, Volume 92, Number 1

Stephan Frühling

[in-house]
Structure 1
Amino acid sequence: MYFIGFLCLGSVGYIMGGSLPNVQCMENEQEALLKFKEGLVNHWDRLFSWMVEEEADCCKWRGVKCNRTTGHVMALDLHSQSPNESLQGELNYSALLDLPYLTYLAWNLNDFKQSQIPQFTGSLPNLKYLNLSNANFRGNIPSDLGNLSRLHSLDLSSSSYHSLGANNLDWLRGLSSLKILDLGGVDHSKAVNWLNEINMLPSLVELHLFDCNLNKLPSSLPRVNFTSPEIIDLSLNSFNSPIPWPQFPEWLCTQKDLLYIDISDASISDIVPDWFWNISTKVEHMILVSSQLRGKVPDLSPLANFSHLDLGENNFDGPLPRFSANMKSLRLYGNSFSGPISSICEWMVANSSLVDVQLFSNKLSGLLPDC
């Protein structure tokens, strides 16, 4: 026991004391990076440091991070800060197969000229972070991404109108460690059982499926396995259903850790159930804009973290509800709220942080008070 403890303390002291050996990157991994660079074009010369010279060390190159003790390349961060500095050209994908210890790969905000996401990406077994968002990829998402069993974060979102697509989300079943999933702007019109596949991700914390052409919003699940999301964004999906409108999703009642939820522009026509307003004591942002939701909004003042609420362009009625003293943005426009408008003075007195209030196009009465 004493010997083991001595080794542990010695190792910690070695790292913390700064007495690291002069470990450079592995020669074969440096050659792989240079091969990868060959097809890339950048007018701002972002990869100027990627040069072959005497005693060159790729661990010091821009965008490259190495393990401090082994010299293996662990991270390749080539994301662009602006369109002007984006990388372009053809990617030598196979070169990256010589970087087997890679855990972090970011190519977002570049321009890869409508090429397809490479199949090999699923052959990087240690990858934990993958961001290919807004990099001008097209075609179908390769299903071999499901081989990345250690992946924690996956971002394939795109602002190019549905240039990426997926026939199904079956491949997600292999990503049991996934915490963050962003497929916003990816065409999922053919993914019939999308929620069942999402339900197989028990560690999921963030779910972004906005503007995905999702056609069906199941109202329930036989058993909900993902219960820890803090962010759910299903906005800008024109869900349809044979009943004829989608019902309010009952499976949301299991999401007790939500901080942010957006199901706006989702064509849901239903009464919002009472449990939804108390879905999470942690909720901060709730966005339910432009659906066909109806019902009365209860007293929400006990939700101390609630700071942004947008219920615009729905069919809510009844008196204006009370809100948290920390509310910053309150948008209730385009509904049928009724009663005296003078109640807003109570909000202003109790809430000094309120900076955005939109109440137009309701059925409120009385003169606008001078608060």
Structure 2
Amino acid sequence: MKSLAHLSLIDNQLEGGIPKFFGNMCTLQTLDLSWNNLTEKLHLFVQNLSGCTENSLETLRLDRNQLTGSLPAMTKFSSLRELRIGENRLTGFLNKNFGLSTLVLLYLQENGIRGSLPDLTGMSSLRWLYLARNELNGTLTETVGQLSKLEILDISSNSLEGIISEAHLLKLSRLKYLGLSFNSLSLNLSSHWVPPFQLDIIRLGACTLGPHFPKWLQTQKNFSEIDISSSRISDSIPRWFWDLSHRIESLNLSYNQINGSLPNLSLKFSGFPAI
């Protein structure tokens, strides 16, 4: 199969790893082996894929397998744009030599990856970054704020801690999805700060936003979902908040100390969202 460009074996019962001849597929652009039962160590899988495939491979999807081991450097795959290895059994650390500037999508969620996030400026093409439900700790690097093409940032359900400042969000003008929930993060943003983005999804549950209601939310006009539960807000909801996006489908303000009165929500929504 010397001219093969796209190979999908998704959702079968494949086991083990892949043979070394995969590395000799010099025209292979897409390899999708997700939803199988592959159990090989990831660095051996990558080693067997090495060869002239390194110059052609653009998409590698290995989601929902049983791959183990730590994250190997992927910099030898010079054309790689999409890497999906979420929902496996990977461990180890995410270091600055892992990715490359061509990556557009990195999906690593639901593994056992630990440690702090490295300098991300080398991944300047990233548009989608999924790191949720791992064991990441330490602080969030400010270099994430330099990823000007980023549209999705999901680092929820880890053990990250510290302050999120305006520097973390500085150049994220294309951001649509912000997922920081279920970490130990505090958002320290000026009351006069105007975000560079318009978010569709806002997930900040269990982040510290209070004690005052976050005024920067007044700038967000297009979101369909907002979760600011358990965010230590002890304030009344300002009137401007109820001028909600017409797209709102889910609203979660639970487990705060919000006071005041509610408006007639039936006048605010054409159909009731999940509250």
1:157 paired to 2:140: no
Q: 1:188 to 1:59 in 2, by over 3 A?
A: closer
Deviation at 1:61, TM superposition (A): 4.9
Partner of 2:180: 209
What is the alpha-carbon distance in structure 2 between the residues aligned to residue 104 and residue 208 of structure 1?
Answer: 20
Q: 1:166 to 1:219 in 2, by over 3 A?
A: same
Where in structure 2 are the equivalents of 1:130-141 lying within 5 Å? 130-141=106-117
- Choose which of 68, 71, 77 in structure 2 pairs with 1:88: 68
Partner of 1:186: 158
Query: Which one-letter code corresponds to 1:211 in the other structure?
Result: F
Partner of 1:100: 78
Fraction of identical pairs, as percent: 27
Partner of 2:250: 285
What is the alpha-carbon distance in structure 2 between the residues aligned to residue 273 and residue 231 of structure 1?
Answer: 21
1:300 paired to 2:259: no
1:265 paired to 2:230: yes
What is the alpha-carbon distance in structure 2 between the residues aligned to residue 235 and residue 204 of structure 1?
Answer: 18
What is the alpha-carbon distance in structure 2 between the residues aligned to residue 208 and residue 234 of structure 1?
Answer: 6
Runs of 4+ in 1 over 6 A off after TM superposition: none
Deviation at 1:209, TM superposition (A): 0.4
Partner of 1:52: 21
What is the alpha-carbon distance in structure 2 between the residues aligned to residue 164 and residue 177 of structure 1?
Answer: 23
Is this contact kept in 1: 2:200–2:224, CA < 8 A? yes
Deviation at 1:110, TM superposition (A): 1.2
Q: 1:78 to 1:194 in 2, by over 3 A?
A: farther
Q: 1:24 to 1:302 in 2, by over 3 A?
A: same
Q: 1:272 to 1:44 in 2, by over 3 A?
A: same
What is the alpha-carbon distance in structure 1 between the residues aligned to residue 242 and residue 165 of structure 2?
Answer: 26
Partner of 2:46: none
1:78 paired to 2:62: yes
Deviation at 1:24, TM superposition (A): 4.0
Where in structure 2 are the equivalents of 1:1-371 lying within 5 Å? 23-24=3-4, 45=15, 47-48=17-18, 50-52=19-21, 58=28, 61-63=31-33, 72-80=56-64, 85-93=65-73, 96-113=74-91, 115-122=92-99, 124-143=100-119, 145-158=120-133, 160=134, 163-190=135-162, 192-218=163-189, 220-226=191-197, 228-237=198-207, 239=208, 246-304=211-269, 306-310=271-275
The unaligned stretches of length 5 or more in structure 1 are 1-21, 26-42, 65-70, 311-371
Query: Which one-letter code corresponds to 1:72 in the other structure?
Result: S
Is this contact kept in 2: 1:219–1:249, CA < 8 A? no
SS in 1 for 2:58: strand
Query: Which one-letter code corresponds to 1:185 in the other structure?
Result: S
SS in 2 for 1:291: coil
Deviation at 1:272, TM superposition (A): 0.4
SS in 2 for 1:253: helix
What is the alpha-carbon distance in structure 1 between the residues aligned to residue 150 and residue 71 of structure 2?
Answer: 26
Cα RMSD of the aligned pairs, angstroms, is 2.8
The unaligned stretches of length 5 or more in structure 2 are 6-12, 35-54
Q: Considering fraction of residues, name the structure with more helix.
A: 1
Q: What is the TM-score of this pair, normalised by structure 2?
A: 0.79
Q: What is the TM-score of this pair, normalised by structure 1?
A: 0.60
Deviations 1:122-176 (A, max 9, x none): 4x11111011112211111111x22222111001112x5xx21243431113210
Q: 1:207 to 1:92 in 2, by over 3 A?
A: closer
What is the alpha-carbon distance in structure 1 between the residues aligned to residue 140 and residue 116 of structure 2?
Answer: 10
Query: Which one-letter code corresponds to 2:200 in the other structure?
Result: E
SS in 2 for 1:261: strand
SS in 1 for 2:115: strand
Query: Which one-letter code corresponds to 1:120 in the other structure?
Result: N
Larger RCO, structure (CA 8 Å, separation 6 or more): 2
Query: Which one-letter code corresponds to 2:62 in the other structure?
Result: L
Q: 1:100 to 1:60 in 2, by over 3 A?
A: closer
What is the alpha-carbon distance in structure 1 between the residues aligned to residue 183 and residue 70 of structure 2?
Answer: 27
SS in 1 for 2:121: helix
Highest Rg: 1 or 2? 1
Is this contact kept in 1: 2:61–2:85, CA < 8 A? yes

Missile defence plays an increasing role in NATO and in most US alliances in Asia, which raises the question of what impact it has on the management of extended deterrence. Extended deterrence relies on the threat of escalation. Since the costs of escalation are different for different allies, the management of extended deterrence is inherently difficult. Missile defence shifts the relative costs of conflict, and therefore also impacts on the alliance bargains that underpin agreement on extended deterrence strategy. Although increased defensive capacity is a clear net benefit, the strategic effects of its deployment and use can still be complex if, for example, missile defence increases the chances of localizing a conflict. The article discusses the role of missile defences for the US homeland, and of the territory and population of US allies, for extended deterrence credibility and the reassurance of US allies in Asia and in NATO. It argues that there is increased scope in strengthening deterrence by enmeshing the defence of the US homeland with that of its allies, and that allies need to pay closer attention to the way the deployment and use of missile defence influence pressures for escalation. In general, missile defence thus reinforces the need for the United States and its allies in Europe and Asia to negotiate an overall alliance strategy.

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